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Midvale Journal

Officials discuss possible code change to ‘activate’ Main Street by allowing alcohol in designated public places

Mar 01, 2024 12:47PM ● By Travis Barton

Public spaces along Midvale’s Main Street, seen here during a walk and talk tour last fall, could see alcohol consumed outside under specific conditions. (File photo City Journals)

Alcohol could be allowed in public spaces such as outdoor patios attached to bars or events that include beer gardens if Midvale City officials change city code. 

The possibility comes after a discussion at Midvale’s Feb. 20 City Council meeting that saw city staff present the option as a way to “activate” Main Street. 

In the staff’s report it said this would “be pivotal in activating Midvale Main through events, creating a controlled environment for the consumption of alcohol when appropriate for the event.” 

The change is similar to models in other cities such as Salt Lake City, Ogden, Park City and Moab. Councilmember Bryant Brown pointed to a pizza place downtown that has small gating onto the sidewalk allowing alcohol consumption outside.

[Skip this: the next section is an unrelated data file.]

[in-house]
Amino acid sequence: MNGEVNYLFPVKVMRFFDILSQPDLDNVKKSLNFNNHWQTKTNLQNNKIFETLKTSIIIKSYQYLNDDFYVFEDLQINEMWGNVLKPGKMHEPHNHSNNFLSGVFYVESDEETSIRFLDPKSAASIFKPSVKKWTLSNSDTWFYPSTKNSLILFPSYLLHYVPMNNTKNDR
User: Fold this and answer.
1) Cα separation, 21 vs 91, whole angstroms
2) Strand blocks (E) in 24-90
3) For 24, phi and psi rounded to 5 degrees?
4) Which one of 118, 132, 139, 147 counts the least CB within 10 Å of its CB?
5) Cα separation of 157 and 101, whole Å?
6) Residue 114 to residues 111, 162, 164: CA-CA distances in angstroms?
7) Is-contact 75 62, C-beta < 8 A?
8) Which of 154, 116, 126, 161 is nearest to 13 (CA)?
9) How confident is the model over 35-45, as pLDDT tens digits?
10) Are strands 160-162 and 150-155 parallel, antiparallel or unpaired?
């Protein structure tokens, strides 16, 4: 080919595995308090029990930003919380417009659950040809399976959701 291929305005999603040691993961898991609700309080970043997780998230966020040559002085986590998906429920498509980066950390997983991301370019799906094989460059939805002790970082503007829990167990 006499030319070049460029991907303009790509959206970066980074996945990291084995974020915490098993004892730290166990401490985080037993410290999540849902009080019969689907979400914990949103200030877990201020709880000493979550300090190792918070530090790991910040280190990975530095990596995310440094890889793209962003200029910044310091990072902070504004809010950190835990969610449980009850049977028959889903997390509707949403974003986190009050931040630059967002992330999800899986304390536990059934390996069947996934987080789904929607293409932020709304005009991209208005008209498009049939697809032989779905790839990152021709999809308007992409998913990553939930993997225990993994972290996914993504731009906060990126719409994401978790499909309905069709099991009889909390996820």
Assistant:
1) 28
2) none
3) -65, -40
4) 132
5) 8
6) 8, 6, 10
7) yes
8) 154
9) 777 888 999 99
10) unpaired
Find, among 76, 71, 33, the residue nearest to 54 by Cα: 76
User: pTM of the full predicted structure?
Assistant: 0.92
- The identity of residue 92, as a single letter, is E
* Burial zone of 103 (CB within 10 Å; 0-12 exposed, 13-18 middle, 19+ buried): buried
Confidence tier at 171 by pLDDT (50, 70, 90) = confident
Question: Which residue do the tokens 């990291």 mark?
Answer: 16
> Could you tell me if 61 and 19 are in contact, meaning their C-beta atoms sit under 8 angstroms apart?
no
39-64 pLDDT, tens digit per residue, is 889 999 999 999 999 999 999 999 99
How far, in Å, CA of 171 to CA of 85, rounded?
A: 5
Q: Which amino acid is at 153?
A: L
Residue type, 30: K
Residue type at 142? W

Kate Andrus, the city’s RDA program manager, told the council this process started after recent restaurant and entertainment businesses on Main Street approached the city to enter agreements allowing outdoor dining. 

“That was the catalyst was that we wanted to make that available…to really help activate the street and continue having outdoor dining opportunities,” she said. 

As long as businesses followed regulations and had appropriate liquor licenses to serve alcohol in those areas, she said, they could do so. It would also allow events to host beer gardens (outdoor areas where beer and food are served, typically near greenery on shared tables). 

Andrus emphasized this would only be allowed if the licensed location has an approved site plan filed with the city and is also compliant with state and local regulations. The state is known for its stringent laws on alcohol consumption. 

The idea is to offer more benefits to local businesses while still maintaining public safety and following state law. 

Councilmember Dustin Gettel was concerned about other ramifications of the code change. He said during the meeting he understood doing this on Main Street with the proper licensing, but was nervous about its effect on other public spaces, like parks. 

“The public parks and public places (portion of the code) gives me a little bit of pause,”  Gettel said. 

Councilmember Heidi Robinson said these businesses would have licenses and permits on the line if they don’t remain accountable, adding that well-run and well-attended businesses can attract people to Midvale. 

“It’s not going to be the wild, wild west,” she said. 

The matter was only up for discussion in February and would still need to come before the council again before any potential approval. λ